Experimental investigation using acoustic emission technique for quasi-static cracks in steel pipes assessment

Mohamed Shehadeh, Ahmed Osman, Aly Abdelbaky Elbatran, John Steel, Robert Reuben

Research output: Contribution to journalArticlepeer-review

7 Citations (Scopus)
57 Downloads (Pure)


Acoustic emission (AE) is a phenomenon where transient waves of stress are generated during deformed material, which is applied to detect and monitor the cracks and cracks propagation. The majority of related literature studied simulated wave sources, which were utilized for a single point of a pipe and have been strictly controlled by temporal characteristics. Therefore, the realistic wave sources which do not have known temporal characteristics are studied in the present work. The realistic source is quasi-static crack propagation under three-point bending. The distortions of AE signals are experimentally evaluated by testing the AE signals of crack propagation using simulated sources. A variety of stress intensities are applied on a steel pipe to determine the effect of stress type and intensity on the characteristics of the source using time and frequency domains. Sensors are mounted on the steel pipe to locate and reconstitute the features of time and frequency domain of the AE sources. It is concluded that the AE energy was sensitive to the crack size which was concerning to the transition of plane-stress to plane-strain. The potential of AE technique for identifying the nature, intensity and location of crack propagation is demonstrated.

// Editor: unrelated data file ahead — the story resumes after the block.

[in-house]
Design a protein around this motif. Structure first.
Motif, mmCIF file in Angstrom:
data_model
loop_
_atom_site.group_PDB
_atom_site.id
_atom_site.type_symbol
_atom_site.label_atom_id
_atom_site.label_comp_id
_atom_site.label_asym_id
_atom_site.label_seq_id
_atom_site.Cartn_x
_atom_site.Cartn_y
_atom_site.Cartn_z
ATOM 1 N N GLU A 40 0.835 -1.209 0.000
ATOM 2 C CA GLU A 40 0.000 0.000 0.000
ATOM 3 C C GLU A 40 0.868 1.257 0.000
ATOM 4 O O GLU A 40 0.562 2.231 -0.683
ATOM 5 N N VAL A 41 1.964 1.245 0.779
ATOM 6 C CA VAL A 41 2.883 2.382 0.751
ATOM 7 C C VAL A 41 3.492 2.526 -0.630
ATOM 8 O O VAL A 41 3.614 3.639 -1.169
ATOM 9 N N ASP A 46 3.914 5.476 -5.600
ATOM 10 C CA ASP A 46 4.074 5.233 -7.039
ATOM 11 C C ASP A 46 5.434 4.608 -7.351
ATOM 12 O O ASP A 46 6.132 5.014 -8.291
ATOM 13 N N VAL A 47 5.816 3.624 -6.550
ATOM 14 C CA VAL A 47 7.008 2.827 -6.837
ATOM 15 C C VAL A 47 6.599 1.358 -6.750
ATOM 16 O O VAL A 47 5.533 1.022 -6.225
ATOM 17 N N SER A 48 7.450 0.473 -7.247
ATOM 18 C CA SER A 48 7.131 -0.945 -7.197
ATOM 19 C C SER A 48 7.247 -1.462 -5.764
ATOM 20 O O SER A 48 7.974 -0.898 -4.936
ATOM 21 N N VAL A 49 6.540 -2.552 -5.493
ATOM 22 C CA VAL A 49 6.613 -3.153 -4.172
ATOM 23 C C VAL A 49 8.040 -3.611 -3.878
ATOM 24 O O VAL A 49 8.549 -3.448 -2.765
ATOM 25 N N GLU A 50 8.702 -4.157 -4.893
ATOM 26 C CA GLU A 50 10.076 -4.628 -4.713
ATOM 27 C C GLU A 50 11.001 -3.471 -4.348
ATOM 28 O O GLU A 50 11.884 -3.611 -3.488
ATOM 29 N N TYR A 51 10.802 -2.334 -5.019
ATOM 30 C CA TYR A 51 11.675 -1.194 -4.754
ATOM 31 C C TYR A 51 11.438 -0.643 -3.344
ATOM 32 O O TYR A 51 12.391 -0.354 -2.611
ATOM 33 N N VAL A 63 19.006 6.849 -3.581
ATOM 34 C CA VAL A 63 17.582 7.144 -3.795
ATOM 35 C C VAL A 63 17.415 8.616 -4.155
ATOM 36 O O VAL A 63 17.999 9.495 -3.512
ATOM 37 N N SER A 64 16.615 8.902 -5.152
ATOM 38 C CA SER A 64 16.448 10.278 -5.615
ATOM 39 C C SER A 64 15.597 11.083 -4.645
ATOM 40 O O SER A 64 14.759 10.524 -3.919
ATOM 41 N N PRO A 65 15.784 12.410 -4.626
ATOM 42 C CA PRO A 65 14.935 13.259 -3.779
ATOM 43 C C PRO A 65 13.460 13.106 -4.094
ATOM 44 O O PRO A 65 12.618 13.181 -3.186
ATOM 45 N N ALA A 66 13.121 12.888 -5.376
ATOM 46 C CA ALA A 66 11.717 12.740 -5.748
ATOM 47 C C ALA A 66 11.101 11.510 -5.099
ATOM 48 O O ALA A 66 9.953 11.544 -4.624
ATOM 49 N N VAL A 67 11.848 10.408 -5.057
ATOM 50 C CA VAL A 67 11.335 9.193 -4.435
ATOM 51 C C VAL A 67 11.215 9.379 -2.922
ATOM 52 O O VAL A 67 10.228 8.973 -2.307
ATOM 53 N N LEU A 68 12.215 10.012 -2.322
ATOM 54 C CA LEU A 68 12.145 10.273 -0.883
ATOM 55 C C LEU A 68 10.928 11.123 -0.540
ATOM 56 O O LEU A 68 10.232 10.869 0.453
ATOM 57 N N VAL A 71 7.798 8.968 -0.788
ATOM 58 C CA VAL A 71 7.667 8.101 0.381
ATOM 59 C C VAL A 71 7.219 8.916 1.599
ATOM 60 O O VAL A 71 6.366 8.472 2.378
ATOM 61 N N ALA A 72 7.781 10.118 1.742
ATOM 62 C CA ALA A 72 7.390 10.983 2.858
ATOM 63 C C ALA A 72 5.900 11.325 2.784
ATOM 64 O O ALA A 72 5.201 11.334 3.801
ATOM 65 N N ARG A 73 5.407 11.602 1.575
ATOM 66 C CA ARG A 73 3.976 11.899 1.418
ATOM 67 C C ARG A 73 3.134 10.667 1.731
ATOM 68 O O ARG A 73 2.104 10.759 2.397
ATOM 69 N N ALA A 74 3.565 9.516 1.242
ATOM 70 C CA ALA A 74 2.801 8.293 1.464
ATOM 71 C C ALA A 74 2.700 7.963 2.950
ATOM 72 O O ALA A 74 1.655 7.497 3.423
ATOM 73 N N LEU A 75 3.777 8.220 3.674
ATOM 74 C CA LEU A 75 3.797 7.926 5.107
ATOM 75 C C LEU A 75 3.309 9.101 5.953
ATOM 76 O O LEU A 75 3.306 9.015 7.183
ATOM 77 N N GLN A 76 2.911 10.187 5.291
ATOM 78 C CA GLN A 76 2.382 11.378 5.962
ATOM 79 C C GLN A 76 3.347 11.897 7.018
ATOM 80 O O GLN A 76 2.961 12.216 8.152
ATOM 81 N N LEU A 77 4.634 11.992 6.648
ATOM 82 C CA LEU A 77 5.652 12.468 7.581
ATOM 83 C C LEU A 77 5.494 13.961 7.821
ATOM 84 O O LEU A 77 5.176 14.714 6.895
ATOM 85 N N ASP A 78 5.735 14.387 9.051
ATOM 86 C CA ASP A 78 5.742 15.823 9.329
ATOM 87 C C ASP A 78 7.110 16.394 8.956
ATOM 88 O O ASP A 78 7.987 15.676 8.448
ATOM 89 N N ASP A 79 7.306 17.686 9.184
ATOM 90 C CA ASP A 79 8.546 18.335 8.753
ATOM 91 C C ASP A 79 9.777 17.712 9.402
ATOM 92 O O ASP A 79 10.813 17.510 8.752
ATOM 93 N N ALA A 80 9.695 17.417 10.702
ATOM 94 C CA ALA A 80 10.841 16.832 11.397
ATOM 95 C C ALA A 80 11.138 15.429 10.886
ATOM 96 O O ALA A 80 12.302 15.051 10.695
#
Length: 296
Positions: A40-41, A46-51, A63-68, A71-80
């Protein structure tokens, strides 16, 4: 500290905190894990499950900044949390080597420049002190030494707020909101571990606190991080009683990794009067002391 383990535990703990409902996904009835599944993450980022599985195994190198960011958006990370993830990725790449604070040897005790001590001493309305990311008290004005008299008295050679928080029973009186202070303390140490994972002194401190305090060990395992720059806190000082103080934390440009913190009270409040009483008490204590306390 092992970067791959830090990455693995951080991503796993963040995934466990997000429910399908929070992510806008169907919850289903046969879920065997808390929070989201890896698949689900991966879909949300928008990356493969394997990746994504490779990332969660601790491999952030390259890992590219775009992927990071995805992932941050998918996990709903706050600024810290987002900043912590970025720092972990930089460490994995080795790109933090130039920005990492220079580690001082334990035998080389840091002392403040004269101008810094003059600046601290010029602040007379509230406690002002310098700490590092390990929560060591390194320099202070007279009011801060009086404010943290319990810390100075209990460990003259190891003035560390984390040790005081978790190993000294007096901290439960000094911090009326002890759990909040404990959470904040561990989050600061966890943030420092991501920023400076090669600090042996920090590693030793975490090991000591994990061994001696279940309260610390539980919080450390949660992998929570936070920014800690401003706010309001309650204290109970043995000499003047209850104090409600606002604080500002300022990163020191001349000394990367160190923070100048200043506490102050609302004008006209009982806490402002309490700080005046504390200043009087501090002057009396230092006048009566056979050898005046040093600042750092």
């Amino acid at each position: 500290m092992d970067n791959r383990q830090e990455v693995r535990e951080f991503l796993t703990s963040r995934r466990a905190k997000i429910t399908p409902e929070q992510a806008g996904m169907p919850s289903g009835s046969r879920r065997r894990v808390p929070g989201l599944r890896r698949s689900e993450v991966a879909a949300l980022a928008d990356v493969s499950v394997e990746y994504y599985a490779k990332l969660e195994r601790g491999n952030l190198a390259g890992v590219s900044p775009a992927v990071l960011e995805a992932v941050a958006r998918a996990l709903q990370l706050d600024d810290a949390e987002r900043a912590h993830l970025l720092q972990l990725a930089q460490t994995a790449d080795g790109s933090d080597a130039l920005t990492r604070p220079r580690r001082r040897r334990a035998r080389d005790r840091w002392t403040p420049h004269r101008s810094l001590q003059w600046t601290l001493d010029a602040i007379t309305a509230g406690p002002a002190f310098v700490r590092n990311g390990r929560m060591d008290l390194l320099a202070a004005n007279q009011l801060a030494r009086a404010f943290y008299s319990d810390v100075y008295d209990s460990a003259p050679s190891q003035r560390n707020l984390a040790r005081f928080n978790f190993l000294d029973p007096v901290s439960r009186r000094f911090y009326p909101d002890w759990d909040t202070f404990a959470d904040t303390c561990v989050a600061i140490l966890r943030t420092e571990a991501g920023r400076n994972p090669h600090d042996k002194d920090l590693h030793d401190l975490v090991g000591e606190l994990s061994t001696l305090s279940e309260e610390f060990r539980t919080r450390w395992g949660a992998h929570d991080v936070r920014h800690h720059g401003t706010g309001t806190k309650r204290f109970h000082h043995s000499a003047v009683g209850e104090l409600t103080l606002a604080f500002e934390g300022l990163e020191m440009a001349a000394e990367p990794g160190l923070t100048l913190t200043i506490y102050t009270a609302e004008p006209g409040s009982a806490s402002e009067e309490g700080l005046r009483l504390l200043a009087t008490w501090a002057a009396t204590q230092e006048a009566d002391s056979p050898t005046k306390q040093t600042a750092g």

Original languageEnglish
Article number73
Issue number4
Early online date29 Mar 2021
Publication statusPublished - Apr 2021


  • Acoustic emission
  • Bending
  • Quasi-static crack

ASJC Scopus subject areas

  • Computer Science (miscellaneous)
  • Control and Systems Engineering
  • Mechanical Engineering
  • Control and Optimization
  • Industrial and Manufacturing Engineering
  • Electrical and Electronic Engineering


Dive into the research topics of 'Experimental investigation using acoustic emission technique for quasi-static cracks in steel pipes assessment'. Together they form a unique fingerprint.

Cite this